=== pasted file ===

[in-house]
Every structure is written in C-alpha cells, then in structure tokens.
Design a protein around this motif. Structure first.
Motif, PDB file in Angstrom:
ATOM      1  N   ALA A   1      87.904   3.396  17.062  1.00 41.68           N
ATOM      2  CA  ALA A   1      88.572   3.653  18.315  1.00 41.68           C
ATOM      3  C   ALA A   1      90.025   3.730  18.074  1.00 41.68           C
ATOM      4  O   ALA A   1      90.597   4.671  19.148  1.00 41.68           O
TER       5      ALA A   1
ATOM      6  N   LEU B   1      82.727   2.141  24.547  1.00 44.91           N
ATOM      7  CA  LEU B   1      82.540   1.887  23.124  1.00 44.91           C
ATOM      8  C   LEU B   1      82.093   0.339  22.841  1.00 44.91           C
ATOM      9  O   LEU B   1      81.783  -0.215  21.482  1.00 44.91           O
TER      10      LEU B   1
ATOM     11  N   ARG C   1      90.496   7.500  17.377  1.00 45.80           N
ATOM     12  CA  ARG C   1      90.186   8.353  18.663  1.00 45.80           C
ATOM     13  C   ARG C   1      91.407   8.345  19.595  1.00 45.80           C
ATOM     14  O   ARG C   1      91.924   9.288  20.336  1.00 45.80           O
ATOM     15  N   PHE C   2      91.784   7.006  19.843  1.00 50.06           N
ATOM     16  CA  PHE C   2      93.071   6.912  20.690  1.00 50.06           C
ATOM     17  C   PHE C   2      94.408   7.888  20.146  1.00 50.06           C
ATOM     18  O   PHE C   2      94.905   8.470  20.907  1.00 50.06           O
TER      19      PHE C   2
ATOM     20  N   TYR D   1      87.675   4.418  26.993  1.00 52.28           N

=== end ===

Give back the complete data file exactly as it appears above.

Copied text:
[in-house]
Every structure is written in C-alpha cells, then in structure tokens.
Design a protein around this motif. Structure first.
Motif, PDB file in Angstrom:
ATOM      1  N   ALA A   1      87.904   3.396  17.062  1.00 41.68           N
ATOM      2  CA  ALA A   1      88.572   3.653  18.315  1.00 41.68           C
ATOM      3  C   ALA A   1      90.025   3.730  18.074  1.00 41.68           C
ATOM      4  O   ALA A   1      90.597   4.671  19.148  1.00 41.68           O
TER       5      ALA A   1
ATOM      6  N   LEU B   1      82.727   2.141  24.547  1.00 44.91           N
ATOM      7  CA  LEU B   1      82.540   1.887  23.124  1.00 44.91           C
ATOM      8  C   LEU B   1      82.093   0.339  22.841  1.00 44.91           C
ATOM      9  O   LEU B   1      81.783  -0.215  21.482  1.00 44.91           O
TER      10      LEU B   1
ATOM     11  N   ARG C   1      90.496   7.500  17.377  1.00 45.80           N
ATOM     12  CA  ARG C   1      90.186   8.353  18.663  1.00 45.80           C
ATOM     13  C   ARG C   1      91.407   8.345  19.595  1.00 45.80           C
ATOM     14  O   ARG C   1      91.924   9.288  20.336  1.00 45.80           O
ATOM     15  N   PHE C   2      91.784   7.006  19.843  1.00 50.06           N
ATOM     16  CA  PHE C   2      93.071   6.912  20.690  1.00 50.06           C
ATOM     17  C   PHE C   2      94.408   7.888  20.146  1.00 50.06           C
ATOM     18  O   PHE C   2      94.905   8.470  20.907  1.00 50.06           O
TER      19      PHE C   2
ATOM     20  N   TYR D   1      87.675   4.418  26.993  1.00 52.28           N